Learn About Beekeeping

From the hive to the jar, beekeepers play an integral role in the quality and sustainability of Australian honey.

What does a beekeeper do?

Did you know beekeeping is in fact a type of agricultural work? That’s right, a beekeeper is a farmer of Australia’s some mighty hardworking livestock, the honeybee. A beekeeper cares for and manages a colony of bees and the production of their products, honey and beeswax. A beekeeper’s primary focus is to ensure their hives are healthy and productive. The reward for this hard work is the extraction and collection of delicious Australian honey, which is taken only after the needs of the hive are met.

Nature and nurture

As well as understanding the intricacies of the workings of a beehive the job of a beekeeper also involves selecting the best locations for the bees. In selecting a bee site the beekeeper will take into account the trees and plants flowering in the area and the likely nectar and pollen sources, the distance from the beekeepers home base, how accessible the site will be when the hives are there.

 

Beekeepers keep honeybees who forage on the abundance of nectar produced by Australia’s unique and diverse flora. Australian beekeepers are always at the mercy of the weather and climate change. Long hot, dry summers, bushfires and torrential rains are all impacting Australia’s honey production. Australian beekeepers are always changing and evolving to ensure the survival of their bees, and the honey industry.

From hive to jar

A beekeeper is responsible for knowing when the absolute perfect time is to extract the honey from the hives. After the bees have collected the nectar, and brought it back to the hive, a little bit of time and patience is required for the honey to ripen. This means that enough of the water content of the honey has evaporated to a point that the honey texture, colour and flavour is optimal.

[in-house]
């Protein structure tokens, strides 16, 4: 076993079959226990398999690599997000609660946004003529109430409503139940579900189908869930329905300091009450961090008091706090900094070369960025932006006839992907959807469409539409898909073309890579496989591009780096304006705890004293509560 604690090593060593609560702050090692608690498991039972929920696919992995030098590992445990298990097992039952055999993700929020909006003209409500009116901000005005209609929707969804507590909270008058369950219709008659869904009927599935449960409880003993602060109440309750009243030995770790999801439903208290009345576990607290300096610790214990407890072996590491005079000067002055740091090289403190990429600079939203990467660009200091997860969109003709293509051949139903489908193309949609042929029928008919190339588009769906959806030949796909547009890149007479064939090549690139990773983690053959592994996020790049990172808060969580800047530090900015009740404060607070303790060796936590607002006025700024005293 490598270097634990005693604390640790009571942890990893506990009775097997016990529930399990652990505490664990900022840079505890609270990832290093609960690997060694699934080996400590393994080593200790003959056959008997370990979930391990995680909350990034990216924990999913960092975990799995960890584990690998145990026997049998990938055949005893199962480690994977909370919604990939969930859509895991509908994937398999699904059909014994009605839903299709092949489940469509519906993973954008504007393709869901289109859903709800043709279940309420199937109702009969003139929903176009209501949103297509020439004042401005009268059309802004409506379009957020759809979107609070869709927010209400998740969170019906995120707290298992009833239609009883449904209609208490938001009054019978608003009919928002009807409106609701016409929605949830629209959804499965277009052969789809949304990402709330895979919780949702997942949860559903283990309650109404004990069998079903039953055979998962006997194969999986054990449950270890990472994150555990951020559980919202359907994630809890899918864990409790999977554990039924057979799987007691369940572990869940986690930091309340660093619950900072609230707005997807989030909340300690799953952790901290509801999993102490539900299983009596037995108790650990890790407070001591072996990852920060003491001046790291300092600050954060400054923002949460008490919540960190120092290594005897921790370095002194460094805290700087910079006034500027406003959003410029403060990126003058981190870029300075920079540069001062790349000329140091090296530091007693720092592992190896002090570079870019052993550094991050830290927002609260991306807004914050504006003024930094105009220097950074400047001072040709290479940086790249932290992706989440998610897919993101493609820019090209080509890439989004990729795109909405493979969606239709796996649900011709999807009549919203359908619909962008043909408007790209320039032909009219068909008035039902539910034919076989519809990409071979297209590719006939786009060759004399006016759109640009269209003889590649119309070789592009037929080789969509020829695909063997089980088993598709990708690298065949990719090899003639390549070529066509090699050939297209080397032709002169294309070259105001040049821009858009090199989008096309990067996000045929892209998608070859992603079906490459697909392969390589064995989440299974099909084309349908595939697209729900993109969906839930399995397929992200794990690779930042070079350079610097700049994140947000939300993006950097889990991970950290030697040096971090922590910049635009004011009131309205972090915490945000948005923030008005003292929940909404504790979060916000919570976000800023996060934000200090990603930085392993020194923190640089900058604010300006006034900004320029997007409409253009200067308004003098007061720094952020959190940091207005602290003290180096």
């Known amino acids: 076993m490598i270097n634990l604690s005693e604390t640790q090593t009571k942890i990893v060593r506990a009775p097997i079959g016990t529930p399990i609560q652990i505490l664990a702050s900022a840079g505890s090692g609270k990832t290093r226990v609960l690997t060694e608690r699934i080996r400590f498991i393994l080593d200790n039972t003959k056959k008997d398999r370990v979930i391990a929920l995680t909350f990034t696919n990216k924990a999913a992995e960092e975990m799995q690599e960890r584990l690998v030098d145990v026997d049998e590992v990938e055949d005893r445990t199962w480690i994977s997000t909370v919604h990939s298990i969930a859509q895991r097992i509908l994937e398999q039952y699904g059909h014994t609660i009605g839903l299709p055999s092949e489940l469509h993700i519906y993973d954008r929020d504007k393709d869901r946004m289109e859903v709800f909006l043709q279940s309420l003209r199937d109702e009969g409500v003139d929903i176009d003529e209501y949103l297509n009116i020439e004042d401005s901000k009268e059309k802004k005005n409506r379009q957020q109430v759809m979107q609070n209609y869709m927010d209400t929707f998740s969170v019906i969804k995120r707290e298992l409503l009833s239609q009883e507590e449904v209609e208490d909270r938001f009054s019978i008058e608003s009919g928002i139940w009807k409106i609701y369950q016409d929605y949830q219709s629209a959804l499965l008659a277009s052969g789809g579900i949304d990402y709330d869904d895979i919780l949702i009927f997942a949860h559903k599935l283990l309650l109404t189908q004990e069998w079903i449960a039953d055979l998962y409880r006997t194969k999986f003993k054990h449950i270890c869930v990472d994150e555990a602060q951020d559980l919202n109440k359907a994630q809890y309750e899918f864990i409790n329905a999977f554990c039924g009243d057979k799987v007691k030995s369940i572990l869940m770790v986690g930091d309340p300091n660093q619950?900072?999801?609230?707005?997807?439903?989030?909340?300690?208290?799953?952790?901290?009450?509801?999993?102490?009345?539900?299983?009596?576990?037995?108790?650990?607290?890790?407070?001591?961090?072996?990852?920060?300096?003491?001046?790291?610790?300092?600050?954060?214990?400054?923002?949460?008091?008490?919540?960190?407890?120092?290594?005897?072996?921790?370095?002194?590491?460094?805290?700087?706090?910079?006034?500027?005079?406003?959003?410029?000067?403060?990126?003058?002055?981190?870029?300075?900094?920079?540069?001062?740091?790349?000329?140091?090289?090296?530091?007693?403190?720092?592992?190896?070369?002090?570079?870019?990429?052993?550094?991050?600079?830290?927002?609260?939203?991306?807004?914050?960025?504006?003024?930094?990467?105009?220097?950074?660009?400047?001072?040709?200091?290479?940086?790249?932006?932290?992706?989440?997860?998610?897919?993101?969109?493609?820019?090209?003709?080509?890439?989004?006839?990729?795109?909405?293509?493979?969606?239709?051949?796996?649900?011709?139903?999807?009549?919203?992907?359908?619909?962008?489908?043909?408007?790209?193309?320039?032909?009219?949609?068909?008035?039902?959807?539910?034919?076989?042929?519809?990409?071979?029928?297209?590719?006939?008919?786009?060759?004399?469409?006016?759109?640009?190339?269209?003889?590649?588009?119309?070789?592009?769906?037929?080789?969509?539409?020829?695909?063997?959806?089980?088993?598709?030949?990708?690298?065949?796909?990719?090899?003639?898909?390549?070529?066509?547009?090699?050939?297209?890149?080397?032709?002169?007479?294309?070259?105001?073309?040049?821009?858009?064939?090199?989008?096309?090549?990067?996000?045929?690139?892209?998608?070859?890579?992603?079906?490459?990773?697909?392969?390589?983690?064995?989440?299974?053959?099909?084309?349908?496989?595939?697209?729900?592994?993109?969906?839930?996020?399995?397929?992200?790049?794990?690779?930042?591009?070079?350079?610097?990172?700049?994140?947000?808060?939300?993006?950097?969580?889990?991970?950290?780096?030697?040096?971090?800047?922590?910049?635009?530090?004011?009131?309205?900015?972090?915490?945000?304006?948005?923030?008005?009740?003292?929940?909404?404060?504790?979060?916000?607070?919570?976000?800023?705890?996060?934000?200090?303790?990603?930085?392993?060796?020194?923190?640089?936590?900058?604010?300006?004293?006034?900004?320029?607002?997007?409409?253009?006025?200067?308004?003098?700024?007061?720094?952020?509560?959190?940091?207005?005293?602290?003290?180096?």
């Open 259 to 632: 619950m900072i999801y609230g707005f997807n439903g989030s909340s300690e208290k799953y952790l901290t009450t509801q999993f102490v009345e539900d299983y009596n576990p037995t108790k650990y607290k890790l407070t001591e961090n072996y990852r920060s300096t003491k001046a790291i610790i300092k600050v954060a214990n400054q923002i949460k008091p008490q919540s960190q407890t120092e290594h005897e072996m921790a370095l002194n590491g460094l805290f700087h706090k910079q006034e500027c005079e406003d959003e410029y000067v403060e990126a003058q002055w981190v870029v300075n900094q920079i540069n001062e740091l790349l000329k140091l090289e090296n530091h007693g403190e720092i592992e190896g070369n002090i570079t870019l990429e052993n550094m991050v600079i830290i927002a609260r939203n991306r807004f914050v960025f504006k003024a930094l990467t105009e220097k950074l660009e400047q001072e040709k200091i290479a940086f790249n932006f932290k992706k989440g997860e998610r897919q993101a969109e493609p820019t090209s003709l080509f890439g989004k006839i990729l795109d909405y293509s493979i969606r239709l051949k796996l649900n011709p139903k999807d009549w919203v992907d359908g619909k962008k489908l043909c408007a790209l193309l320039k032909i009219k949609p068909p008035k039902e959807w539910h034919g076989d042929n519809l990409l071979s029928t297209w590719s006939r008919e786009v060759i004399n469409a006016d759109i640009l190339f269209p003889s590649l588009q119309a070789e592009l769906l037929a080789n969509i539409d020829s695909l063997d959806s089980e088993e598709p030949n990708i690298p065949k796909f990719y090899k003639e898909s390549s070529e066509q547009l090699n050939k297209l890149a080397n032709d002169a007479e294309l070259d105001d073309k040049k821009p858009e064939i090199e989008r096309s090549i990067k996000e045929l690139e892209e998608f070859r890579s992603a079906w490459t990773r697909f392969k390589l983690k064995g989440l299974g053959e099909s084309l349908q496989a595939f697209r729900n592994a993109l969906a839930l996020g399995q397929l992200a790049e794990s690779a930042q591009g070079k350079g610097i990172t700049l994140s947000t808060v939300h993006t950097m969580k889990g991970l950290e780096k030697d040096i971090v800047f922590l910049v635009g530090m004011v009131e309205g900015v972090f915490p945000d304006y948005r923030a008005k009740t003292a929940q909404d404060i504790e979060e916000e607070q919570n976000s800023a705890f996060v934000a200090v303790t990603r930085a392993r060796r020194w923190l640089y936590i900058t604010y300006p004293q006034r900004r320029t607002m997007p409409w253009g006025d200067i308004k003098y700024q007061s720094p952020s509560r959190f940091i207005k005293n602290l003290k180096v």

As soon as the honeycomb in the hive is filled with honey and capped with beeswax it is ready to be harvested.

Beekeepers regularly inspect their hives to see when the honeycomb can be removed. Honeycomb is removed from the hive and taken to be extracted. The wax cappings are removed with a sharp blade before the honeycomb is placed into an extractor. Centrifugal force in the extractor throws the honey out of the frames. The frames are placed back in the hives to be filled again by the bees. An incredibly efficient environmentally friendly process where nothing is wasted and nature happily accepts reuse!

Honey can only be gathered by the beekeeper if the hive has surpluses that the bees do not need. The beekeeper must always leave enough honey on the hive to sustain the nutritional needs of the hive or it will starve and die – leaving no honey for either the bees or the beekeeper in the future.

Pollination

Beekeepers also keep bees for vital pollination services across Australia’s agricultural food sector. The value of pollination services provided by Australian honeybees is $14.2 billion*. Through buying Australian honey you are making an investment in pollination and fresh food; one that will keep the cost of our fruits, vegetables, nuts and seeds affordable into the future. This will ultimately prevent the need for mass importation of the delicious foods that Australia currently grows and enjoys.

*The Economic Valuation of Australian Managed and Wild Honey Bee Pollinators in 2014 – 2015, John M Karasiński, September 2018.

Honey Journal